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TUSIAD lobbying in Germany to restore confidence

Turkey's largest business group assures German partners on economic stability in country after July 15 coup attempt

Ayhan Şimşek   | 23.09.2016
TUSIAD lobbying in Germany to restore confidence  Cansen Basaran-Symes, chairwoman of Turkish Industry and Business Association (TUSIAD),


By Ayhan Simsek


Turkey's largest business group TUSIAD on Friday sought to assure German businessmen on the political and economic stability in the country following the July 15 coup attempt.

Cansen Basaran-Symes, chairwoman of the influential Turkish Industry and Business Association (TUSIAD), has said the defeated coup attempt led to confusion among German business partners, but their exchanges today in Berlin have offered a better picture of the situation.

“We are closely following the German media coverage and the negative atmosphere regarding Turkey since the July 15 coup attempt. Our aim with this visit has been to correct the wrong perceptions, by clearly telling what has really happened in Turkey. We have had very fruitful meetings,” she told a press conference.

While many European capitals condemned the coup attempt, the media focus quickly shifted to concerns over investigations into the incidents, and the political orientation of Turkey, as large number of suspects were arrested or suspended in state institutions.

Basaran-Symes emphasized that the coup attempt was a real threat against the democracy, and defeated after the Turkish people took to the streets and political leaders, NGOs, and business organizations demonstrated unity.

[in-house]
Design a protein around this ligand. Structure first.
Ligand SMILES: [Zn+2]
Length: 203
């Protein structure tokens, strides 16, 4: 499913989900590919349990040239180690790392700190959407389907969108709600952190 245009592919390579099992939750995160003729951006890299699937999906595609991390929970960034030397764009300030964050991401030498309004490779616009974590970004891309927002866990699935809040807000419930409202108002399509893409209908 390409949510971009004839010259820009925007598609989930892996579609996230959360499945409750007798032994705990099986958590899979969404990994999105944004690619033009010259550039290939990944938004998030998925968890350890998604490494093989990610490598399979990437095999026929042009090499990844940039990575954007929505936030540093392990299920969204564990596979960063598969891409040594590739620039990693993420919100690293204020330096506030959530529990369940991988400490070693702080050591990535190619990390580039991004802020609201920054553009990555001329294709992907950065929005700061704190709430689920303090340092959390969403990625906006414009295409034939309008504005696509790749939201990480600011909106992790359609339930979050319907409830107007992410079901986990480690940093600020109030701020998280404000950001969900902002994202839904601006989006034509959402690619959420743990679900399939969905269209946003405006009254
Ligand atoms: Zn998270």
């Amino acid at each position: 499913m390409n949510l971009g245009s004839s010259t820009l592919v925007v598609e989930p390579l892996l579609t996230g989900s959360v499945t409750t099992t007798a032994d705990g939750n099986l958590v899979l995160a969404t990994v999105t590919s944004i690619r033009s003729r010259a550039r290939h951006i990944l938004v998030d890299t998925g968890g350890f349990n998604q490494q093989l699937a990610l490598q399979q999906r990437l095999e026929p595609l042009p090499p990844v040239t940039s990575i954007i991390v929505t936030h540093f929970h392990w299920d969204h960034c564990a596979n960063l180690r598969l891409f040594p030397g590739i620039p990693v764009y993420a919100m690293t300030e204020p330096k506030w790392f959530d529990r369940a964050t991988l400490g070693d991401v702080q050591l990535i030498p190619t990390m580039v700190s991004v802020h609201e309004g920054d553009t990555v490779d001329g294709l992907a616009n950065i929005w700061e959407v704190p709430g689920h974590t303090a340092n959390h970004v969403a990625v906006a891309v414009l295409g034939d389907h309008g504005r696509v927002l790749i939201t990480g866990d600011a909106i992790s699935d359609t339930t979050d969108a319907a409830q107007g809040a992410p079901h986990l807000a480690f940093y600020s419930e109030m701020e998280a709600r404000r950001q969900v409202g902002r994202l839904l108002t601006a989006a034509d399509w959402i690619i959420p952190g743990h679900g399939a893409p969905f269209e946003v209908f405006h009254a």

The July 15 coup attempt was organized by followers of U.S.-based preacher Fetullah Gulen in the military and FETO, according to testimonies given by the suspects.

Turkey’s declaration of a three-month state of emergency in the aftermath of the events and seizure of assets belonging to several businessmen suspected of having links to the FETO have led to concerns among some foreign investors.

Basaran-Symes underlined that the measures so far had very limited effect on the business of big companies.

She said concerns expressed by some foreign investors on the investment climate in Turkey would likely to be addressed by expected measures towards further normalization in the country and by the realization of much-awaited reforms.

“I believe that we can address the remaining concerns on the investment climate by swiftly focusing on the reforms and by demonstrating our economic advantages,” she said.

The Turkish businesswoman also stressed the importance of reviving Turkey’s stalled EU membership talks, to facilitate positive developments in the country.

“We believe that Turkey’s EU process has become more important than any time before. During our meetings in Germany we have underlined the need for creating a positive agenda between the EU and Turkey again,” she said.

Basaran-Symes called on Germany to use its influence for reviving EU-Turkey ties, by opening chapters 23 and 24 in Turkey’s EU membership talks, which cover the reforms in the fields of democracy, rule of law and fundamental rights.

The EU heavyweight Germany is Turkey’s main economic and trade partner. In 2015, the bilateral trade volume reached €36.8 billion. More than 6,500 German companies are currently active in Turkey.

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